Surgical Treatment of Sequelae of Rheumatic Diseases

Fig. 32.1
Arthrodesis of the knee joint with a nail

In the long run, it eliminates pain and improves weight bearing capacity and stability at the expense of certain limitation of function, e.g. when walking up and down stairs, driving a car or sitting in a restricted space. Arthrodesis of the knee is not recommended in patients with limited mobility, who spend most of the day sitting, and the limb fixed in extension is uncomfortable.

Arthrodesis in flexion can be used to stabilize a “floating” severely damaged elbow. However it is technically highly difficult, and therefore preference is given in older patients to custom-made braces.

Priority in the hip and shoulder is given to mobility rather than stability. Arthrodesis of these joints is almost never performed in older patients. Preference is given to arthroplasty and, in extreme cases, mainly in the hip joint, to resection arthroplasty (Fig. 32.2). The same applies to the conditions after removal of the hip joint replacement, where the patient’s local or general condition does not allow reimplantation. After several weeks, there occurs robust scarring in the region of the joint. Rigid fibrous scar tissue then allows walking over short distance and preserves the joint motion necessary for comfortable sitting. The toll is the decreased weight bearing capacity and limb shortening of varying extent, requiring the use of axillary crutches and orthotic shoes.


Fig. 32.2
Girdlestone resection arthroplasty of the hip joint

Joint Replacement

This is the most commonly used reconstructive surgery in the elderly. Technically it is applicable for all large joints of limbs. An appropriately indicated and implanted joint replacement eliminates pain and preserves the function of the joint or even restores it, if already lost. Currently, there is no age limit for it. Its main contraindication is any infection in the organism leading to loosening or failure of the implant, neurological or muscles disorder affecting the postoperative function of the total replacement and severe internal conditions limiting the possibilities of anaesthesia.

The hip joint is still the most common of the joints indicated for total arthroplasty as the damage to the joint by inflammation is often combined in this region with secondary osteoarthritic changes progressing even at sites where inflammation resolved a long time ago.

Hip disorders include a combination of rheumatic destruction with proximal femur fractures, less frequently a combination of rheumatic destruction with developmental dysplasia of the hip, and aseptic necrosis of the femoral head resulting from a long-term corticotherapy. All the above-mentioned pathological conditions of the hip are further complicated, mainly in women, by severe osteoporosis caused by several factors (menopause, corticotherapy, inactivity, damage to connective tissue).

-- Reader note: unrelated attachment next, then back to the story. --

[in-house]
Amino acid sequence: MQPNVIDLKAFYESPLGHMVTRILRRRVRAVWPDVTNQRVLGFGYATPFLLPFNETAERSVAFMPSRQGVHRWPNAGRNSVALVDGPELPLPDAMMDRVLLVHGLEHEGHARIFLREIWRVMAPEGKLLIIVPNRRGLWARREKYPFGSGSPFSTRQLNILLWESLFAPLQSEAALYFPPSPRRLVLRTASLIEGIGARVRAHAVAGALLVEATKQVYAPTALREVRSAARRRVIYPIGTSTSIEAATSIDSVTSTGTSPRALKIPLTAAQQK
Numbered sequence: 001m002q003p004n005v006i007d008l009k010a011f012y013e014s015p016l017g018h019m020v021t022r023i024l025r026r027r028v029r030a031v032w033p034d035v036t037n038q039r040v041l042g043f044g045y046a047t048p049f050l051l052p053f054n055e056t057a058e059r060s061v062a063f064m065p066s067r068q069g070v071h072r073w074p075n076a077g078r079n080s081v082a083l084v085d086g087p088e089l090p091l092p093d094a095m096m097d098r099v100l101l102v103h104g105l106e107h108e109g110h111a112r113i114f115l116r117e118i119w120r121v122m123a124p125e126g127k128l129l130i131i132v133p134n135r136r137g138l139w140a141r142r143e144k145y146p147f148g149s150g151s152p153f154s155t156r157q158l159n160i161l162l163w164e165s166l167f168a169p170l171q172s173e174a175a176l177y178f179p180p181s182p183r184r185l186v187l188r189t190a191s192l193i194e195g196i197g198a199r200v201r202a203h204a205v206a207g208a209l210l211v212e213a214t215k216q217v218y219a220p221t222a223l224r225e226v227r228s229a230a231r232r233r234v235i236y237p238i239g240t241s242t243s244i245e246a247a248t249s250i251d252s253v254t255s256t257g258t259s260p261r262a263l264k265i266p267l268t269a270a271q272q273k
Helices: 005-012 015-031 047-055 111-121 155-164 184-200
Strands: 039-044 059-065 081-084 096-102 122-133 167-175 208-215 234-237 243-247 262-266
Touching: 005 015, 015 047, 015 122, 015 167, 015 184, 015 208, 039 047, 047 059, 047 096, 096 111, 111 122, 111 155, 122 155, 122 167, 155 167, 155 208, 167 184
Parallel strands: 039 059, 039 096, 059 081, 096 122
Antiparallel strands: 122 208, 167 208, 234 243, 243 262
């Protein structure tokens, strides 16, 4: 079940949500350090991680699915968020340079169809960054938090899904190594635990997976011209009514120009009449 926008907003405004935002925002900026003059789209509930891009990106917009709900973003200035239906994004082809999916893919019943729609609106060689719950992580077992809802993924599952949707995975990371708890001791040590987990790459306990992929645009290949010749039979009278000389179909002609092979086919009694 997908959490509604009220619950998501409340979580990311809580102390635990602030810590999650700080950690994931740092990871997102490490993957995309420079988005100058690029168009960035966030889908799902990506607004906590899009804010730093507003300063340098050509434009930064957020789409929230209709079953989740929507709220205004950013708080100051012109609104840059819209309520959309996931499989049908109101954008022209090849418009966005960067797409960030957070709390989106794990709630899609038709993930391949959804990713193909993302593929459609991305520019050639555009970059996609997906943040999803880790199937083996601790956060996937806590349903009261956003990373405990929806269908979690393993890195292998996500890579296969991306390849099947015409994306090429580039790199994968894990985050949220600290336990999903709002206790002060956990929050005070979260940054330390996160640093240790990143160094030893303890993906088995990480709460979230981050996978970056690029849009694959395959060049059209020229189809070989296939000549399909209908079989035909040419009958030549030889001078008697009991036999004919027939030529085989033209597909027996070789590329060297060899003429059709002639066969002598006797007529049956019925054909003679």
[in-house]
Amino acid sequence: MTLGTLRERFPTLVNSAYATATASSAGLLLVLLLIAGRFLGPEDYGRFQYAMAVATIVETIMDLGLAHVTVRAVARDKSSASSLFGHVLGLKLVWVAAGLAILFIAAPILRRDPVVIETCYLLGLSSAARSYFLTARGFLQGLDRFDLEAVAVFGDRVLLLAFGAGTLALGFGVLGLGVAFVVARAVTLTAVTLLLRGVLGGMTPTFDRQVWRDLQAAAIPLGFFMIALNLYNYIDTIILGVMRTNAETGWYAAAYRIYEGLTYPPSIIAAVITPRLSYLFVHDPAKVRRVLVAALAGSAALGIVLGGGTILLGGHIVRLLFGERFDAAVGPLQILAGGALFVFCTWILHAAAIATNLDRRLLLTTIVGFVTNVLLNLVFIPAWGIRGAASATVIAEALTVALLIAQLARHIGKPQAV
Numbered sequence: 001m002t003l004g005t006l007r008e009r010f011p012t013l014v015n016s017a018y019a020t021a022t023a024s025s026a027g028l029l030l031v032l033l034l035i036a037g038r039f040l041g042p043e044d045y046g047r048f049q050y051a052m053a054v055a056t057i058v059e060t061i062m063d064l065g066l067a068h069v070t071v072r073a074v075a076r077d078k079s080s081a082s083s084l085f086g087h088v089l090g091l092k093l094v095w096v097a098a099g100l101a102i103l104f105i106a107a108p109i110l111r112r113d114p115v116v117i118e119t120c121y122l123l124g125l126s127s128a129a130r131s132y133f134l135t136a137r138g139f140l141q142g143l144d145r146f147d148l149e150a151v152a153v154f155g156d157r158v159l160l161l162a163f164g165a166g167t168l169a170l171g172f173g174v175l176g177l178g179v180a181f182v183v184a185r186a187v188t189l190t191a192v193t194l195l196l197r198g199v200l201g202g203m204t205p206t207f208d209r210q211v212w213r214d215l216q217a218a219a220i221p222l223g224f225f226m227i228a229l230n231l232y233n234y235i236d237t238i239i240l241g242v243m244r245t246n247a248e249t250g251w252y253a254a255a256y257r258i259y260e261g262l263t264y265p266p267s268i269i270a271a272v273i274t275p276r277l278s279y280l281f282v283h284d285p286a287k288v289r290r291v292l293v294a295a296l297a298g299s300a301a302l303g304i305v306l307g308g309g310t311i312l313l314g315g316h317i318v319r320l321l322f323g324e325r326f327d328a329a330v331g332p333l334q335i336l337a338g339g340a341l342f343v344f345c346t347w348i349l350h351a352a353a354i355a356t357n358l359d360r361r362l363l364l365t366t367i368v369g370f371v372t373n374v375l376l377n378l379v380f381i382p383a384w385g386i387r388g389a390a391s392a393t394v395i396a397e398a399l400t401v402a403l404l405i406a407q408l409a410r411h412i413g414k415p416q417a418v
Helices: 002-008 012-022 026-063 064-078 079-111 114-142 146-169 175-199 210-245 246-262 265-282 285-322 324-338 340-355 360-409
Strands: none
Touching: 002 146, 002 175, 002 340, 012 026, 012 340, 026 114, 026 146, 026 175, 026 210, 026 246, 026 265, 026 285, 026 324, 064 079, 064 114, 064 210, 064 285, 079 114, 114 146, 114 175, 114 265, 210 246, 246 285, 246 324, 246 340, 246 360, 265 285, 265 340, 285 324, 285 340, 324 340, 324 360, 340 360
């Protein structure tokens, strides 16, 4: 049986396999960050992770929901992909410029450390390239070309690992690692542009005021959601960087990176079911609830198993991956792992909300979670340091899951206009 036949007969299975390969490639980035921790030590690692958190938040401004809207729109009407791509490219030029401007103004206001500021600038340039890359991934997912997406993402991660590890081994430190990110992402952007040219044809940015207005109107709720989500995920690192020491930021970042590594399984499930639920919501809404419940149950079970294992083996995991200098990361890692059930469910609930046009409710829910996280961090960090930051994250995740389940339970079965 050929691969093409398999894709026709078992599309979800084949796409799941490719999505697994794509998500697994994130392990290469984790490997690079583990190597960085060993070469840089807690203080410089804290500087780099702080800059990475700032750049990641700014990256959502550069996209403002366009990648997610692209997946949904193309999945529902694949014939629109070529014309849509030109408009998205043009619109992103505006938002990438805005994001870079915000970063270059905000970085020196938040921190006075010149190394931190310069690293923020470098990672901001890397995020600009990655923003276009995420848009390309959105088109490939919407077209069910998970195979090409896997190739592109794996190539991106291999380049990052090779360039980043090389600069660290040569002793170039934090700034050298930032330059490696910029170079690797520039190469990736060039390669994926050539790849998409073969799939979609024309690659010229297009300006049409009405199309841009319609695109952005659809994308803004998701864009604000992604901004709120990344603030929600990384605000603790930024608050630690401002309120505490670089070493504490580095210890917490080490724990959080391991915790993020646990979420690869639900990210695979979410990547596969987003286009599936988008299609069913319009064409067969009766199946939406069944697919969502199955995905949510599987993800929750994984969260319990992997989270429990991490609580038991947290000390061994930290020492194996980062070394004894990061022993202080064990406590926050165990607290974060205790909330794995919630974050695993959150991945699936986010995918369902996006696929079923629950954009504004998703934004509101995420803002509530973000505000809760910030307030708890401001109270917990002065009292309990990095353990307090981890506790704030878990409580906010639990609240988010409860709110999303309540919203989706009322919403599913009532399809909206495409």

These complicated conditions of the hip are most commonly treated by total joint replacements (including both the acetabular and femoral components) fixed by bone cement. There are several reasons for their use.

First, osteoporotic bone is difficult to prepare, and only under favourable circumstances a precise and stable bed can be created for primary fixation of cementless implant components. Secondly, blood loss is lower with the use of cemented implants, as the bone cement closes the exposed cancellous bone of the pelvis and femoral canal. Thirdly and most importantly, cemented joint replacements allow full weight bearing from the first postoperative days. This considerably facilitates and accelerates the necessary early mobilization of the patients also in case of movement coordination disorders or a frequent polyarticular involvement.

Sometimes highly painful and dysfunctional hip must be treated in patients with a poor general health status. This happens mainly in situations when the joint damaged by rheumatism was further affected by a femoral neck fracture or when the underlying disease was followed by rapidly progressing necrosis of the femoral head associated with its resorption. These patients suffer from intensive pain, are almost immobilized and are difficult to treat even in bed. These cases are often a vital indication for surgery.

The patient is usually operated on under spinal anaesthesia, and the operative time should be reduced to minimum. For this purpose, hemiarthroplasty is used, i.e. cemented implants consisting of the femoral component only. A range of available sizes of the implant allow choosing a component that fits the patient’s native acetabulum which remains in place. This solution considerably reduces the operative time and the burden put on the patient, eliminating the most demanding part of the operation on the pelvis. The disadvantage is a shorter life expectancy of these implants, and therefore the procedure should be reserved as an emergency solution for biologically old patients with limited mobility.

Knee Joint

Knee total arthroplasty is the second most common joint replacement. Its indication is not limited by age. Life expectancy of an appropriately indicated and properly implanted knee joint replacement may exceed twenty years [4]. Indication for knee replacement is rather relative. Perception of problems is highly subjective. Isolated knee joint replacement in the presence of untreated involvement of the neighbouring joints will only minimally improve the patient’s mobility, treatability and self-care capacity.